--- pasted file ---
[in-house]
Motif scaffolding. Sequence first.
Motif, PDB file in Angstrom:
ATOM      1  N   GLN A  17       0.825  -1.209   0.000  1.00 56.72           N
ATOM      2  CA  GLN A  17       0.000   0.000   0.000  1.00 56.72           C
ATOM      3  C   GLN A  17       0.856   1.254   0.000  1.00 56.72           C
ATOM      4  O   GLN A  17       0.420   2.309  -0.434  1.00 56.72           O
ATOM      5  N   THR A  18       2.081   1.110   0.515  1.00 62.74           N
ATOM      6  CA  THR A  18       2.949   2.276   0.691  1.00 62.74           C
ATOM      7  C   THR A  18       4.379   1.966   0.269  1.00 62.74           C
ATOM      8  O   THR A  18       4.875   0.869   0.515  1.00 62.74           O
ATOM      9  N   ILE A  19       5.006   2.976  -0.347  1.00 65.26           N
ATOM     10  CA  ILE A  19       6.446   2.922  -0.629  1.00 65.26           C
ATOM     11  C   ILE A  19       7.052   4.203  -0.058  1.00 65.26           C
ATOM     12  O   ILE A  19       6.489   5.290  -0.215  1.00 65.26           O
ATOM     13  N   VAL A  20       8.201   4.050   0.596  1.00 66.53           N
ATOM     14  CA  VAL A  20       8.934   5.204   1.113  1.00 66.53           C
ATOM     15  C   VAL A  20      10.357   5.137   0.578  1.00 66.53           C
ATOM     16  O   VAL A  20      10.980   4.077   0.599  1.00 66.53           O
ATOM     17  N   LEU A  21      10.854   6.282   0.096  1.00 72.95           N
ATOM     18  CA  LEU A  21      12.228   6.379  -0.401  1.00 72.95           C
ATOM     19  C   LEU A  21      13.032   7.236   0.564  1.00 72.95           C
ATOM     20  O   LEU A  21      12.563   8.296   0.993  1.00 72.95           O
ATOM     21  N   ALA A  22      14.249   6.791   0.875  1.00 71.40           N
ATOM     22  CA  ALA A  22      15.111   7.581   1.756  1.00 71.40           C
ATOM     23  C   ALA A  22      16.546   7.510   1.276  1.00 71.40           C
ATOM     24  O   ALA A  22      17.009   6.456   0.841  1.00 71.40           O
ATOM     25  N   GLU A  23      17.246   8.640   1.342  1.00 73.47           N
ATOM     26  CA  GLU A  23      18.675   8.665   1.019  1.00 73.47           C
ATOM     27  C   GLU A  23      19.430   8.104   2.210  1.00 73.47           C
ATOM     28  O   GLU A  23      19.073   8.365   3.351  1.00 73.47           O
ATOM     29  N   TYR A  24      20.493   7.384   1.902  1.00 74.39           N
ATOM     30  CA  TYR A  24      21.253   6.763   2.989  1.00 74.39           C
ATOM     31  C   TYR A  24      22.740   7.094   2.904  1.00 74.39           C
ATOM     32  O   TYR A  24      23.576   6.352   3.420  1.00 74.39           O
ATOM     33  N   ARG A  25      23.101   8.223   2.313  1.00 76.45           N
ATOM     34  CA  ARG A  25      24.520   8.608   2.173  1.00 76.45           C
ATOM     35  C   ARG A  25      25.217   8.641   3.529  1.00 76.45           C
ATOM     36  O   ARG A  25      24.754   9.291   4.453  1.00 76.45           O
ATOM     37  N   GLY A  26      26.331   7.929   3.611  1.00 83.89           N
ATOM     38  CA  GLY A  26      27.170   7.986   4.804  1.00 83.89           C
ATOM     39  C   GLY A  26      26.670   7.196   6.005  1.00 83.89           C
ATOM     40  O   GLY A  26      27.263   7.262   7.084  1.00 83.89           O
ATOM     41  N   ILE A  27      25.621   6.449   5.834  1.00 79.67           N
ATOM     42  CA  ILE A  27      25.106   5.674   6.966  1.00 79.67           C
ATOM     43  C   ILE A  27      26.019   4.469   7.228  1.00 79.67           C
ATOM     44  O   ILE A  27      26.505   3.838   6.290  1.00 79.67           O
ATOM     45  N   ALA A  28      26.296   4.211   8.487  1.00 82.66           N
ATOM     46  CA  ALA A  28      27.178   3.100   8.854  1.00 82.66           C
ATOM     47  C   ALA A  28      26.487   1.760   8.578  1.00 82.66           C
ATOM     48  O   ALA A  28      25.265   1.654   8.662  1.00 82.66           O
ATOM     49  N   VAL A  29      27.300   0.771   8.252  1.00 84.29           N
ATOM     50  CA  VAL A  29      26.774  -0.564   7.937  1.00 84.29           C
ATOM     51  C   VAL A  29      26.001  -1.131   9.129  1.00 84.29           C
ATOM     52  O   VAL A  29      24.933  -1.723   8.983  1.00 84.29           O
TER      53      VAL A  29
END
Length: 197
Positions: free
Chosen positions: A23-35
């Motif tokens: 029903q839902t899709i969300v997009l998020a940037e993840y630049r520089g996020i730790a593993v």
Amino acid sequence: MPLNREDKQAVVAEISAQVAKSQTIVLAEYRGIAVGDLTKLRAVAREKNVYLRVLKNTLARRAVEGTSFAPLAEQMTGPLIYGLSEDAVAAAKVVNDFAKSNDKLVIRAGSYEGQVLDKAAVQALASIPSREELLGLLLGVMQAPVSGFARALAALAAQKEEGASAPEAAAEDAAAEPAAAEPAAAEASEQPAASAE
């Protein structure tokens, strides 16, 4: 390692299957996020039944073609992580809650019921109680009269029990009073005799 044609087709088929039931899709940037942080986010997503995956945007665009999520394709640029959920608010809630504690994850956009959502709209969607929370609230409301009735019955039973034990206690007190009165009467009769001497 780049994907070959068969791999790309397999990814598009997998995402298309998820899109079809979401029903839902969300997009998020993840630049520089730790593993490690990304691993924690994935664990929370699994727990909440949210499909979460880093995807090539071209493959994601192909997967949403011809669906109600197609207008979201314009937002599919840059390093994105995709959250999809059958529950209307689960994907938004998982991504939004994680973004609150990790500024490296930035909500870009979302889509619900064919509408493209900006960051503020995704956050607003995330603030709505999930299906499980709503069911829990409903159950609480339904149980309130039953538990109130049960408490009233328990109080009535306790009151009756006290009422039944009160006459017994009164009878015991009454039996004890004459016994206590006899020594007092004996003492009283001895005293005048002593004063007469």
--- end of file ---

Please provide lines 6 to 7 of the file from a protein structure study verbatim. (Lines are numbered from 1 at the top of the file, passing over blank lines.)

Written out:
ATOM      3  C   GLN A  17       0.856   1.254   0.000  1.00 56.72           C
ATOM      4  O   GLN A  17       0.420   2.309  -0.434  1.00 56.72           O